A search and recovery team heads into the haunted swamp to pick up the pieces, and Marybeth learns the secret to ending the voodoo curse that has left Victor Crowley haunting and terrorizing Honey Island Swamp for decades.
"ChromeSkull" is the sequel to the 2009 horror hit "Laid to Rest." It brings back ChromeSkull, who barely escaped death in the first movie and is hell-bent on continuing where he left off..... See full summary »
Brian Austin Green,
It's the closing night at the last drive-in theatre in America, and manager, Cecil Kaufman's planned to show 4 movies; films so rare, they've never been exhibited publicly on American soil, until tonight.
A group of delinquents are sent to clean the Blackwell Hotel. Little do they know reclusive psychopath Jacob Goodnight has holed away in the rotting hotel. When one of the teens is captured, those who remain - a group that includes the cop who put a bullet in Goodnight's head four years ago - band together to survive against the brutal killer.
Michael J. Pagan
Two friends, Adam and Steve, struggle to get their morning radio program off of the small town air waves of Holliston and into the big time. Meanwhile, Adam struggles to get over a break up... See full summary »
Steven C. DeWitt Jr.,
This movie marks Parry Shen's fourth time in a Hatchet film, and a continuation of "Andrew", the character he played in Hatchet III (2013). Shen played the roles of brothers "Sean" in Hatchet (2006), and "Justin" in Hatchet II (2010), before returning as an unrelated character named "Andrew" in Hatchet III (2013). Adam Green has referred to Shen as the "true final girl" of his slasher series, and has often cited him as his "secret weapon" in making the movies, due to his incredible professionalism and work ethic, that inspires everyone on-set around him. During the Q&A after the Hollywood premiere, Kane Hodder (Victor Crowley) joked that he just can't seem to kill Parry Shen for good, in any of the Hatchet films, no matter how hard he tries. See more »
So, where in New York are you from?
Let me guess, the accent gives it away? Staten Island, actually. You ever been?
*Whispered* Oh, you gotta go. *Normal Tone* It's the jewel of the East Coast, my man. It's gorgeous.
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I Am A Man
Performed by Brendand McReary
Published by Bear McReary Music See more »
The fourth in the Hatchet franchise has not lost the edge
Usually the sequel to a film, with rare exception, is nowhere near as good as the original. For those chosen few franchises that get to a third film, it's usually a shadow of the original and often barely tolerable. If lucky enough to make it to a fourth, it's usually under the control of a 2nd or 3rd director & laughable...and not in a comical way. In the case of Victor Crowley- also known as Hatchet IV- this pattern does not fit the mold. It's probably not quite as good as its predecessors, but it's still a good watch.
***No spoilers, and a short and sweet write-up***
The synopses speaks for itself, so I'm assuming folks reading this aren't looking for a paraphrased version of the flick; just a quick rundown of the particulars.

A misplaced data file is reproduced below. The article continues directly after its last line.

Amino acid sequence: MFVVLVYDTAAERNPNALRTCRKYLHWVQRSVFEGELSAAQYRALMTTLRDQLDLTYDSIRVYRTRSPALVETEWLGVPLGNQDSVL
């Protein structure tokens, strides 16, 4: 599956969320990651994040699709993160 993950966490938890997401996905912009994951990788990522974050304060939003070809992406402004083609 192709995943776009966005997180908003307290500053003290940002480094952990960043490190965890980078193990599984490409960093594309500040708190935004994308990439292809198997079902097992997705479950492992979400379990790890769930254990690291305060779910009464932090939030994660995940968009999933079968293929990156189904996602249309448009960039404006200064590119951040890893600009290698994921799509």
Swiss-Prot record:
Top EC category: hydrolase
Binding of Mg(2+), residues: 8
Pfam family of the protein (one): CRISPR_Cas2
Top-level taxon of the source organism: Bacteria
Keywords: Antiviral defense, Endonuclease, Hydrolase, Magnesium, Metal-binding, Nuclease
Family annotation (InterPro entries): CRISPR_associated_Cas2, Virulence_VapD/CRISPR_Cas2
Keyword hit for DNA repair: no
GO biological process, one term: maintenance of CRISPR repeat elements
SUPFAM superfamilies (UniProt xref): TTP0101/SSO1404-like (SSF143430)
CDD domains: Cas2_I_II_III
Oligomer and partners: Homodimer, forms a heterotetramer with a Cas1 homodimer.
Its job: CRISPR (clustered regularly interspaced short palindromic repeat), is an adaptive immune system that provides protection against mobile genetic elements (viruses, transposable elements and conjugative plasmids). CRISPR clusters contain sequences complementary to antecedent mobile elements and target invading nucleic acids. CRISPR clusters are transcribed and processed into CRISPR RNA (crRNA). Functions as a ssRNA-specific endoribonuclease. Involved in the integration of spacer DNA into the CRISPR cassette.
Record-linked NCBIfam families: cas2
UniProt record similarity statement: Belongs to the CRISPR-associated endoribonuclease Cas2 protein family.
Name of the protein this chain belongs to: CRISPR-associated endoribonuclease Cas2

First, VC is a bit more schlocky than the preceding three movies. This is not a bad thing, as the inclusion of some indirect horror comedy made for an enjoyable addition. While it did come off as a bit cheesy at times, I rather enjoyed these little incidents. That said, the schlocky parts contributed to the decline when compared to the previous flicks. More than anything, I think this has to do with the acting in this particular ensemble than anything.
Speaking of acting and the ensemble, it was AWESOME to see Brian Quinn (of Impractical Jokers fame) part of the crew. He's always a riot, just by being himself. As a whole, I thought this ensemble would be better, but it turned out to be the only downside. They just never felt cohesive...at least not compared to the previous films. The lead character is probably the most wooden of the group; he is the only repeater from part 3, aside from Crowley. He wasn't terrible, but he was a just so blah.
Aside from that little bit of bummer, the rest of the film held up fairly well. Again, remembering that it wasn't quite as good as the others, the direction was on par, the production & post was good, as were the editing and music, and the special fx were equal to the others. The gore was probably greater in this than the others, which I found appealing, since that's why any of us watched the series to begin with, I think.
Some notes on parental content:
There is a fair amount of profanity. Not gratuitous, but fair to moderate.
Scary and intense situations are kind of what made this franchise is about. While I wouldn't call it scary, there are several scenes that some would call intense.
There are no sexual scenes in the movie. One female is shown undressed from behind, and there is some sexual banter, but otherwise this is not a major facet of the movie.
There is a large amount of violence, blood, and gore! This is certainly not for the squeamish. While some of the blood is over the top, there are some fairly gnarly scenes. This movie will appeal to the gorehounds out there, and the fx are prettt well done.
In all, I enjoyed the flick. Not a lot of new movies out there are what I would call "gorefests,"'but this one is pretty close. If you're just an average horror fan this is likely not for you. This movie will appeal to those who like blood, violence & gore - some over the top, some prettt realistic. Both are enjoyable.
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